A new, highly contagious version of the coronavirus has arrived in the US, but scientists cannot track how widespread it is.
The new variant, known as B.1.1.7, was first discovered in the UK and has appeared in at least 45 other countries since Friday. This includes the United States, where it has been reported in dozen of cases in at least eight states: California, Connecticut, Colorado, Georgia, Florida, Texas, Pennsylvania, and New York.
This version of the virus doesn’t seem to cause more serious or deadly infections, and it is still believed that the vaccines, which are now slowly being distributed, will be able to fight them off.
But a much more contagious mutant could exponentially increase the number of infections, causing greater numbers of hospitalizations and deaths if runaway cases are already driving intensive care units across the country beyond capacity.
“Our health infrastructure is already at a breaking point,” Charles Chiu, a laboratory medicine and infectious disease expert at the University of California at San Francisco, told BuzzFeed News. “Introducing a more transferable burden could be enough to upset us.”
In the UK, where the variant is considered widespread, cases are skyrocketing. Fears that seriously ill patients could overwhelm the health system prompted Prime Minister Boris Johnson to put in place tough lockdown measures this week. The Mayor of London declared a “major incident” in the city on Friday, in which 1 in 30 residents are infected with COVID-19 and more than 7,000 people are hospitalized with it. This is a 35% increase from the previous peak of the pandemic in April. At the end of December, the variant accounted for an estimated 60% of the cases.
While only a handful of cases have been confirmed in the United States so far, scientists say any signs point to the variant that is already spreading in communities.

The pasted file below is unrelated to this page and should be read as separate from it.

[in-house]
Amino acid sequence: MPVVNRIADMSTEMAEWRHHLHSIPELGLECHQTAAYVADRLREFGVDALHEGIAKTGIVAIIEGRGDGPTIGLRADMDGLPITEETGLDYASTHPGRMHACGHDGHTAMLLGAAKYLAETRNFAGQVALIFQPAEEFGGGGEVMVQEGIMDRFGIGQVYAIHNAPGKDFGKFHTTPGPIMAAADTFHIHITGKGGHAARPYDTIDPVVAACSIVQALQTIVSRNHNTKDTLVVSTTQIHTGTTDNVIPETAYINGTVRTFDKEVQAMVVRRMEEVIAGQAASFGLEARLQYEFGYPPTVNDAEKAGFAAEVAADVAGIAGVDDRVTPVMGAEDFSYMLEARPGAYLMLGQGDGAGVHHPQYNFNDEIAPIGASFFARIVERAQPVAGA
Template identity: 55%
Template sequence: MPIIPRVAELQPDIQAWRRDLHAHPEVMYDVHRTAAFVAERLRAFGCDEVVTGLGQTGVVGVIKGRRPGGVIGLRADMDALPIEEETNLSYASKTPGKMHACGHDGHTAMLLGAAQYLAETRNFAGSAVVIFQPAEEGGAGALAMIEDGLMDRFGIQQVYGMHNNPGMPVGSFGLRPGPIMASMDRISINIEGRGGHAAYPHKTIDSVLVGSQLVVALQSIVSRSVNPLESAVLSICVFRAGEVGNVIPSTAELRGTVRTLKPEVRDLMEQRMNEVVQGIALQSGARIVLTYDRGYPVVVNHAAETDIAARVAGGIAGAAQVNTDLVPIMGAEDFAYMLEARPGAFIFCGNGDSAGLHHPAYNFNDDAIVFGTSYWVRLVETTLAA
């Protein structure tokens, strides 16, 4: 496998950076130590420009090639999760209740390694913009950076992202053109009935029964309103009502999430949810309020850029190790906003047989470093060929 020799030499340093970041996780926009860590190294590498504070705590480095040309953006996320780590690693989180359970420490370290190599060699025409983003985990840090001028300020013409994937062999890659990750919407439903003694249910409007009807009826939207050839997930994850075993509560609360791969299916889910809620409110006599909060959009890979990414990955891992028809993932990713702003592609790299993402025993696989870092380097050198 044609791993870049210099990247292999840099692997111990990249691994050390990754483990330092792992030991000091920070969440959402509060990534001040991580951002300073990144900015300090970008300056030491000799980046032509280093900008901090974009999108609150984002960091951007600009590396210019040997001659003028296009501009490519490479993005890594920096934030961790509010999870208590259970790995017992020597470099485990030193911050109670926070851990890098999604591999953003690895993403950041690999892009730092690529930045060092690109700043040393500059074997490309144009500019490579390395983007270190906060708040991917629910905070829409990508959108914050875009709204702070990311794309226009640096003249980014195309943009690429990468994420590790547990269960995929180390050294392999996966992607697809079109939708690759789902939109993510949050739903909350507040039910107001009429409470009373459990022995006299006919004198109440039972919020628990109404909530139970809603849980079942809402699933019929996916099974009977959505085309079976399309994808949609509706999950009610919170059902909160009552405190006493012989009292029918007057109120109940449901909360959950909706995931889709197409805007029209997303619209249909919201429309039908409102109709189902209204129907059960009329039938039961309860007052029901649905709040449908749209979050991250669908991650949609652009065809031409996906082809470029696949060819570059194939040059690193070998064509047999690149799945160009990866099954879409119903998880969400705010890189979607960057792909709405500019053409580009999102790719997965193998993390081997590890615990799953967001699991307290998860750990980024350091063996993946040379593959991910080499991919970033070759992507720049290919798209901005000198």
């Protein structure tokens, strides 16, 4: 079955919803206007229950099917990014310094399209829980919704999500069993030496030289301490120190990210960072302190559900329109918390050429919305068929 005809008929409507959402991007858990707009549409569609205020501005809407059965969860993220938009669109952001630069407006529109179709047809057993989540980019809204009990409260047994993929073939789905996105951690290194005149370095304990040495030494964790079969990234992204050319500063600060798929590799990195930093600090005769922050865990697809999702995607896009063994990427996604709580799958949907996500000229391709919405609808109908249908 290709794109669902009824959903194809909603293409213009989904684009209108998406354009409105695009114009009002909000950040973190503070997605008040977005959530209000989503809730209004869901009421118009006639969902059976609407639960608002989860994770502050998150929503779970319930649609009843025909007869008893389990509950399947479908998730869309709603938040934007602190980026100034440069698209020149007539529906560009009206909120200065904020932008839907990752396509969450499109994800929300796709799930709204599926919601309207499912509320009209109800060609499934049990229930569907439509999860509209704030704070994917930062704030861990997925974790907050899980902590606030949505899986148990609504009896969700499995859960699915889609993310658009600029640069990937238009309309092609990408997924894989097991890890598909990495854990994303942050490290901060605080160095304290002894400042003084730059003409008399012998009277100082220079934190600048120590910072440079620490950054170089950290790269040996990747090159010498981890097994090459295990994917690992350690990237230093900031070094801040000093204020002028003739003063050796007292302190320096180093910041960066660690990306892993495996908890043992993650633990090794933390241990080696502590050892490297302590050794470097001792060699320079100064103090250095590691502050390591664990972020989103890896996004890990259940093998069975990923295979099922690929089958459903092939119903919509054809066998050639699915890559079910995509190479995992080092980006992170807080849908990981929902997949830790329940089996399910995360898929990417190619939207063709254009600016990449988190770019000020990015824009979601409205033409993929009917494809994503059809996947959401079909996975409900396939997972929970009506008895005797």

Chius lab discovered some of the first cases of the new variant in California, with at least 30 cases found so far. Based on tests that he and others have carried out, he believes that variant B.1.1.7 is still rare for the time being. But there is no way of knowing for sure how widespread it is or will be, say he and other experts. Unlike the UK and other countries, the US does not have a robust, centralized surveillance system for identifying genetic variants of the virus.
“This reminds me of the early situation in testing in the US where we didn’t know where the virus was because we didn’t look,” said Natalie Dean, biostatistician at the University of Florida.
Marc Lipsitch, epidemiologist at Harvard T.H. The Chan School of Public Health called the new variant “a really big deal” and the lack of genomic surveillance in the country as “a major failure of our public health system”.
“Hopefully this will be a wake-up call,” he told reporters on Tuesday.
This means that the country flies in the dark not only to the B.1.1.7 variant, but also to other potentially dangerous ones. Another mutated version of the virus, first discovered in South Africa in mid-December, shares genetic similarities with that found in the UK and is also believed to be more transmissible. It has not yet been discovered in the United States.
Meanwhile, the US recorded 4,000 COVID-19 deaths on Thursday, the highest number ever in a day, bringing the death toll to over 365,000. And the slow spread of COVID-19 vaccines, currently millions of doses behind federal targets, means the number of people infected with the virus – more than 21 million so far – will continue to rise.
“I wouldn’t be surprised if the pandemic continued to spiral out of control,” Chiu said. “I wouldn’t be surprised if this strain eventually becomes the predominant strain when it is more transmissible, which it appears to be.”
It is unclear where variant B.1.1.7 comes from, but it was first discovered in Great Britain in September.
On December 29, the U.S. reported its first confirmed case – a member of the Colorado National Guard – followed by a second likely case that was a colleague.
Cases have now been reported in Florida, California, New York, Georgia, Texas, Connecticut, and Pennsylvania. The 30+ cases in California include two residents of a San Bernardino County household, one of whom came into contact with a symptomatic person from the UK. The Pennsylvanian had “known international exposure” according to the state health department. Of the two unrelated cases reported Thursday in Connecticut, one had recently traveled to Ireland and the other to New York.